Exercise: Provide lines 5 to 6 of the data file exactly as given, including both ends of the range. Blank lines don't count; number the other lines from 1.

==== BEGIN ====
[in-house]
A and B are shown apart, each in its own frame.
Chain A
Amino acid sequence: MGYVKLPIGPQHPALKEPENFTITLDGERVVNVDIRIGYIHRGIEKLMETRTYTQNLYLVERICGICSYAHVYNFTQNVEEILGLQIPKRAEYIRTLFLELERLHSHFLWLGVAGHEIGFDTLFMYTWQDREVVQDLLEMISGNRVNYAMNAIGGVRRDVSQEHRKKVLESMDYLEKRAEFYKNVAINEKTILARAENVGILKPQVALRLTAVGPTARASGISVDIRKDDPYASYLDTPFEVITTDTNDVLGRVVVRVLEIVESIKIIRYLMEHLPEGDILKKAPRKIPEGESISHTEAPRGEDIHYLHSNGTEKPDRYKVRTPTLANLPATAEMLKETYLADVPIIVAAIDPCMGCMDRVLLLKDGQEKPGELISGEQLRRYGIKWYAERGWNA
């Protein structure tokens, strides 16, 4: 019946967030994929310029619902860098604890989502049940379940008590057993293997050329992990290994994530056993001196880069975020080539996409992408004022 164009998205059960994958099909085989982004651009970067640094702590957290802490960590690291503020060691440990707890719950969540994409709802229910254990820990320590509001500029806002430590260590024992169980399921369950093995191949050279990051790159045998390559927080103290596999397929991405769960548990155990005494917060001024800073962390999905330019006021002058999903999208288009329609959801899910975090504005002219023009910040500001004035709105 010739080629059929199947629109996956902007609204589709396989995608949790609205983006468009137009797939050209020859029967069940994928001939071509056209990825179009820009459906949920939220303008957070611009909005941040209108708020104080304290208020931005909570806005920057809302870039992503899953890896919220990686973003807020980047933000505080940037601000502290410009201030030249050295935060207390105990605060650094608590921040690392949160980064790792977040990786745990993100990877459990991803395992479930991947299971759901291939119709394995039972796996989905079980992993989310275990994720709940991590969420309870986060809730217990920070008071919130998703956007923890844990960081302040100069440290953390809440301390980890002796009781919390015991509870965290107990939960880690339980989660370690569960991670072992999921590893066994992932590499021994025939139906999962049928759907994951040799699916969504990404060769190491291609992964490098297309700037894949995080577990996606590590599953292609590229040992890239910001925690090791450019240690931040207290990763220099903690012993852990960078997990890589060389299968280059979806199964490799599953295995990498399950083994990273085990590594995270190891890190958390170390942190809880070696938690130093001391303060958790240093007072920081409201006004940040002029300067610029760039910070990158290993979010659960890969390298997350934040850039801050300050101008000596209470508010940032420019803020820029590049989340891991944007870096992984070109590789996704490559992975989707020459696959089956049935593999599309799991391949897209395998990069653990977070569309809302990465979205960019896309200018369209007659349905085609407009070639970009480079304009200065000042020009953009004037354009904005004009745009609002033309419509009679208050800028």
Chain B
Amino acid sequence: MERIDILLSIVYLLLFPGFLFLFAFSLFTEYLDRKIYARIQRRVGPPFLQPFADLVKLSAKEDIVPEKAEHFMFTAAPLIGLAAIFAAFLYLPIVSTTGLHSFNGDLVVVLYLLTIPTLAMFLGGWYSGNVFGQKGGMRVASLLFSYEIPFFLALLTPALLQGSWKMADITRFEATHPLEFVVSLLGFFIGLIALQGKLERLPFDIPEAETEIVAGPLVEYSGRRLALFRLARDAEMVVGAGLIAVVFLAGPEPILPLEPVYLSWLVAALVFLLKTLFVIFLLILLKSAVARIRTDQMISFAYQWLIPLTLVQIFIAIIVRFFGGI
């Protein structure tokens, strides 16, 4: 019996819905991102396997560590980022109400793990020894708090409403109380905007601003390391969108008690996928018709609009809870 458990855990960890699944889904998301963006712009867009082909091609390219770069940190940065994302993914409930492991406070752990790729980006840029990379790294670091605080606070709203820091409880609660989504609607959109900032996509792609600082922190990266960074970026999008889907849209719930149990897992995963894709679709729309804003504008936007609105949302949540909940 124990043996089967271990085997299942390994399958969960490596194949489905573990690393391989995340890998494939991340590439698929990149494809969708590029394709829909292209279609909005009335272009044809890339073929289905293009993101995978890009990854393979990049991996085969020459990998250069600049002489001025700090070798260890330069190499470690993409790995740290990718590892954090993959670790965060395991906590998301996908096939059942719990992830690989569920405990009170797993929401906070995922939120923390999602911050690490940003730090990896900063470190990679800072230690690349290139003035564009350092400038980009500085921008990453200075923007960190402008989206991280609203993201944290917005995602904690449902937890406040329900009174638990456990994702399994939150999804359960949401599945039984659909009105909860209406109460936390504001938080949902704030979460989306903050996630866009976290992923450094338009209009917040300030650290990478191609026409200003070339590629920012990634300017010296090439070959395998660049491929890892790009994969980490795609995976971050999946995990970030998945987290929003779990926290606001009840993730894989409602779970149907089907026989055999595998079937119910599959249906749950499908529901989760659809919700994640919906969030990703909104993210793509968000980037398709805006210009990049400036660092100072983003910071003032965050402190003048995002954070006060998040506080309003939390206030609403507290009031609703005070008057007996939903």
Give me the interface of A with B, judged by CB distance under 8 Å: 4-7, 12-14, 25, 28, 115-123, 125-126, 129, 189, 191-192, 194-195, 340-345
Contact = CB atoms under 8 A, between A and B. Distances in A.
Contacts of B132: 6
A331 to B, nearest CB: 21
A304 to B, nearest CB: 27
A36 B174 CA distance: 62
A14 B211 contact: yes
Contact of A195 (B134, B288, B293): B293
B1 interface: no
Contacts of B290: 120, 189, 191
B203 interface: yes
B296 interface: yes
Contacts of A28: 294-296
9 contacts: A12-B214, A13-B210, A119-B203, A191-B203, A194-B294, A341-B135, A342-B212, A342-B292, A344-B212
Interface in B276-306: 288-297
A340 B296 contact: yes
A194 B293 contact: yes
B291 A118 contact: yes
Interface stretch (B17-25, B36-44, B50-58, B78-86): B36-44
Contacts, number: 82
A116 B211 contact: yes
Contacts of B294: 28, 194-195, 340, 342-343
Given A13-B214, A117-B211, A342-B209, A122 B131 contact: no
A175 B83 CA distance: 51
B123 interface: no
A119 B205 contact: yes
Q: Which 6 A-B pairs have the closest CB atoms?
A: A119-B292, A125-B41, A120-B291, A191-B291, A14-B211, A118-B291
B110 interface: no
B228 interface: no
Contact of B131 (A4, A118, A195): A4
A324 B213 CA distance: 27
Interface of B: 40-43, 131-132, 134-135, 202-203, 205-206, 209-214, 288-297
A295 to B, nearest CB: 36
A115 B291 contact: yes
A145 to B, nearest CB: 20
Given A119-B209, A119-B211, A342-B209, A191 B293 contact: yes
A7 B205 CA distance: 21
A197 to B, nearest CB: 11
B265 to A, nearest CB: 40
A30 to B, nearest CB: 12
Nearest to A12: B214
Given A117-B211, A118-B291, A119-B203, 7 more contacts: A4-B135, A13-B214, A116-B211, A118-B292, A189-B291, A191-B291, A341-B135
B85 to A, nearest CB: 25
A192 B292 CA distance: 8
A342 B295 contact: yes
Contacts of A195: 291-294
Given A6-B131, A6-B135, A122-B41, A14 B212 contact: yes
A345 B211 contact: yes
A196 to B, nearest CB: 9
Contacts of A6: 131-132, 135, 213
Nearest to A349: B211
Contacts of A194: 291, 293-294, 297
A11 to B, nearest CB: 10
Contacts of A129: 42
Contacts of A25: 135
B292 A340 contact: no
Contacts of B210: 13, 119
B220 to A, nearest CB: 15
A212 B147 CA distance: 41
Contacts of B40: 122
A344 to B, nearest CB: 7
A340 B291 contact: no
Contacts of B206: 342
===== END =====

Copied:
């Protein structure tokens, strides 16, 4: 019946967030994929310029619902860098604890989502049940379940008590057993293997050329992990290994994530056993001196880069975020080539996409992408004022 164009998205059960994958099909085989982004651009970067640094702590957290802490960590690291503020060691440990707890719950969540994409709802229910254990820990320590509001500029806002430590260590024992169980399921369950093995191949050279990051790159045998390559927080103290596999397929991405769960548990155990005494917060001024800073962390999905330019006021002058999903999208288009329609959801899910975090504005002219023009910040500001004035709105 010739080629059929199947629109996956902007609204589709396989995608949790609205983006468009137009797939050209020859029967069940994928001939071509056209990825179009820009459906949920939220303008957070611009909005941040209108708020104080304290208020931005909570806005920057809302870039992503899953890896919220990686973003807020980047933000505080940037601000502290410009201030030249050295935060207390105990605060650094608590921040690392949160980064790792977040990786745990993100990877459990991803395992479930991947299971759901291939119709394995039972796996989905079980992993989310275990994720709940991590969420309870986060809730217990920070008071919130998703956007923890844990960081302040100069440290953390809440301390980890002796009781919390015991509870965290107990939960880690339980989660370690569960991670072992999921590893066994992932590499021994025939139906999962049928759907994951040799699916969504990404060769190491291609992964490098297309700037894949995080577990996606590590599953292609590229040992890239910001925690090791450019240690931040207290990763220099903690012993852990960078997990890589060389299968280059979806199964490799599953295995990498399950083994990273085990590594995270190891890190958390170390942190809880070696938690130093001391303060958790240093007072920081409201006004940040002029300067610029760039910070990158290993979010659960890969390298997350934040850039801050300050101008000596209470508010940032420019803020820029590049989340891991944007870096992984070109590789996704490559992975989707020459696959089956049935593999599309799991391949897209395998990069653990977070569309809302990465979205960019896309200018369209007659349905085609407009070639970009480079304009200065000042020009953009004037354009904005004009745009609002033309419509009679208050800028």
Chain B